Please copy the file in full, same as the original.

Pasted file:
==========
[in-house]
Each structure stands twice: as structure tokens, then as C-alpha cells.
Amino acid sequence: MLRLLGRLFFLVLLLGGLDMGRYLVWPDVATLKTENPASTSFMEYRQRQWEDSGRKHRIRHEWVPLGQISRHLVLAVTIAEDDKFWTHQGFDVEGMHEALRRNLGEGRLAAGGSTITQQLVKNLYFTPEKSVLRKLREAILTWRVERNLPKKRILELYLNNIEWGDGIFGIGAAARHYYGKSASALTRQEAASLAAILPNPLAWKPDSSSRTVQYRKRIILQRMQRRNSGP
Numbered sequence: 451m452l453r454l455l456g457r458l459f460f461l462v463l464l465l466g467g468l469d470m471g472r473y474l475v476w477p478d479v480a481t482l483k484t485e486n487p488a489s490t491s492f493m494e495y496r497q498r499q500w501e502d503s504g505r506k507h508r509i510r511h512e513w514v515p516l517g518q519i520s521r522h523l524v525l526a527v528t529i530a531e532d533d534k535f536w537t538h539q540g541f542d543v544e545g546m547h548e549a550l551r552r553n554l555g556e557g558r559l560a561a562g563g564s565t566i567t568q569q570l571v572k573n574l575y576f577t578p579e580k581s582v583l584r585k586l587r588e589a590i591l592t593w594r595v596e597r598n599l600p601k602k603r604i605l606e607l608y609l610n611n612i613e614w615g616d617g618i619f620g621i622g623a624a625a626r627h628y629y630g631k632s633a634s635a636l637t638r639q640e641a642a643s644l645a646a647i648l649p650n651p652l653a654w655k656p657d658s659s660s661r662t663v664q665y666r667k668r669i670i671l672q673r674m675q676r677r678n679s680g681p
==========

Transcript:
[in-house]
Each structure stands twice: as structure tokens, then as C-alpha cells.
Amino acid sequence: MLRLLGRLFFLVLLLGGLDMGRYLVWPDVATLKTENPASTSFMEYRQRQWEDSGRKHRIRHEWVPLGQISRHLVLAVTIAEDDKFWTHQGFDVEGMHEALRRNLGEGRLAAGGSTITQQLVKNLYFTPEKSVLRKLREAILTWRVERNLPKKRILELYLNNIEWGDGIFGIGAAARHYYGKSASALTRQEAASLAAILPNPLAWKPDSSSRTVQYRKRIILQRMQRRNSGP
Numbered sequence: 451m452l453r454l455l456g457r458l459f460f461l462v463l464l465l466g467g468l469d470m471g472r473y474l475v476w477p478d479v480a481t482l483k484t485e486n487p488a489s490t491s492f493m494e495y496r497q498r499q500w501e502d503s504g505r506k507h508r509i510r511h512e513w514v515p516l517g518q519i520s521r522h523l524v525l526a527v528t529i530a531e532d533d534k535f536w537t538h539q540g541f542d543v544e545g546m547h548e549a550l551r552r553n554l555g556e557g558r559l560a561a562g563g564s565t566i567t568q569q570l571v572k573n574l575y576f577t578p579e580k581s582v583l584r585k586l587r588e589a590i591l592t593w594r595v596e597r598n599l600p601k602k603r604i605l606e607l608y609l610n611n612i613e614w615g616d617g618i619f620g621i622g623a624a625a626r627h628y629y630g631k632s633a634s635a636l637t638r639q640e641a642a643s644l645a646a647i648l649p650n651p652l653a654w655k656p657d658s659s660s661r662t663v664q665y666r667k668r669i670i671l672q673r674m675q676r677r678n679s680g681p